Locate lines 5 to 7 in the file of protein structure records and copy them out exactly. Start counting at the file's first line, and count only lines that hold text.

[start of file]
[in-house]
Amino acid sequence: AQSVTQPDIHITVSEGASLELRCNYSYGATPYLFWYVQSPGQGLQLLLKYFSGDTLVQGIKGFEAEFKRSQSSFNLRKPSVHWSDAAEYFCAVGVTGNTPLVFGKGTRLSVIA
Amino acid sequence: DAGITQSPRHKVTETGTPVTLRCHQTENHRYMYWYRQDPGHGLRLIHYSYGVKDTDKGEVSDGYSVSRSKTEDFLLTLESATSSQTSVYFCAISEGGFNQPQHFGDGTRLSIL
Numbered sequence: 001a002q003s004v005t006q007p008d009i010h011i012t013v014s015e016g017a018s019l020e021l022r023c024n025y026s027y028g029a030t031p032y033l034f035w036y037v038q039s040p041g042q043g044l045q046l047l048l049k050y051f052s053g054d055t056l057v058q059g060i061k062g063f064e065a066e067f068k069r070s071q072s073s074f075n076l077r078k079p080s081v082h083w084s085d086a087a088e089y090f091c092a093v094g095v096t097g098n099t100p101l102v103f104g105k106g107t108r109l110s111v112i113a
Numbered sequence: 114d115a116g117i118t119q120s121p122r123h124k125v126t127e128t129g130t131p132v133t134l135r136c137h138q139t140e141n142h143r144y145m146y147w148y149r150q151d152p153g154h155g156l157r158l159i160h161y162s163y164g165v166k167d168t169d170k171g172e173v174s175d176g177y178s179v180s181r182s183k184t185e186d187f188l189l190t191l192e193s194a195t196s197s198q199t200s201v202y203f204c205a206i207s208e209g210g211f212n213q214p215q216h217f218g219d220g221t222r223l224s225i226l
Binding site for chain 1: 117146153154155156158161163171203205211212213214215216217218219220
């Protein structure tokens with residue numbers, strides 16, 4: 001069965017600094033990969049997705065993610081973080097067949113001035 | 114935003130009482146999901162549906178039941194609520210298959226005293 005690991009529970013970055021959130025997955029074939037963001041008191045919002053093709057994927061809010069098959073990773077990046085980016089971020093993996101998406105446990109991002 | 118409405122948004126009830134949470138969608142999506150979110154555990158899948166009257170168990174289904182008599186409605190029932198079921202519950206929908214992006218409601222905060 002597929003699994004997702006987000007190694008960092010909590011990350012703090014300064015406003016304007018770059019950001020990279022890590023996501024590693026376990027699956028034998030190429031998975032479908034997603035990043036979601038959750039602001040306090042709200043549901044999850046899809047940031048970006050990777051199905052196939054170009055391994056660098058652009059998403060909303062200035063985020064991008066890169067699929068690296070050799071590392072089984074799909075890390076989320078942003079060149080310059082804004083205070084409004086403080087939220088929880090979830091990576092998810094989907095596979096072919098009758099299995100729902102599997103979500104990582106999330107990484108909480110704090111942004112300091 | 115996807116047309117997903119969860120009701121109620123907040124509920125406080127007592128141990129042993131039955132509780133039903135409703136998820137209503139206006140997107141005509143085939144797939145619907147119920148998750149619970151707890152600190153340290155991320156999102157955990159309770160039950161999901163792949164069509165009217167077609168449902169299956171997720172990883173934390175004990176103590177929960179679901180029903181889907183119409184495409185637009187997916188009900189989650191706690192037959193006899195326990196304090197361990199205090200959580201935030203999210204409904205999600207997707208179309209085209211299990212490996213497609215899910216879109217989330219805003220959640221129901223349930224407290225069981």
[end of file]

Numbered sequence: 114d115a116g117i118t119q120s121p122r123h124k125v126t127e128t129g130t131p132v133t134l135r136c137h138q139t140e141n142h143r144y145m146y147w148y149r150q151d152p153g154h155g156l157r158l159i160h161y162s163y164g165v166k167d168t169d170k171g172e173v174s175d176g177y178s179v180s181r182s183k184t185e186d187f188l189l190t191l192e193s194a195t196s197s198q199t200s201v202y203f204c205a206i207s208e209g210g211f212n213q214p215q216h217f218g219d220g221t222r223l224s225i226l
Binding site for chain 1: 117146153154155156158161163171203205211212213214215216217218219220
């Protein structure tokens with residue numbers, strides 16, 4: 001069965017600094033990969049997705065993610081973080097067949113001035 | 114935003130009482146999901162549906178039941194609520210298959226005293 005690991009529970013970055021959130025997955029074939037963001041008191045919002053093709057994927061809010069098959073990773077990046085980016089971020093993996101998406105446990109991002 | 118409405122948004126009830134949470138969608142999506150979110154555990158899948166009257170168990174289904182008599186409605190029932198079921202519950206929908214992006218409601222905060 002597929003699994004997702006987000007190694008960092010909590011990350012703090014300064015406003016304007018770059019950001020990279022890590023996501024590693026376990027699956028034998030190429031998975032479908034997603035990043036979601038959750039602001040306090042709200043549901044999850046899809047940031048970006050990777051199905052196939054170009055391994056660098058652009059998403060909303062200035063985020064991008066890169067699929068690296070050799071590392072089984074799909075890390076989320078942003079060149080310059082804004083205070084409004086403080087939220088929880090979830091990576092998810094989907095596979096072919098009758099299995100729902102599997103979500104990582106999330107990484108909480110704090111942004112300091 | 115996807116047309117997903119969860120009701121109620123907040124509920125406080127007592128141990129042993131039955132509780133039903135409703136998820137209503139206006140997107141005509143085939144797939145619907147119920148998750149619970151707890152600190153340290155991320156999102157955990159309770160039950161999901163792949164069509165009217167077609168449902169299956171997720172990883173934390175004990176103590177929960179679901180029903181889907183119409184495409185637009187997916188009900189989650191706690192037959193006899195326990196304090197361990199205090200959580201935030203999210204409904205999600207997707208179309209085209211299990212490996213497609215899910216879109217989330219805003220959640221129901223349930224407290225069981």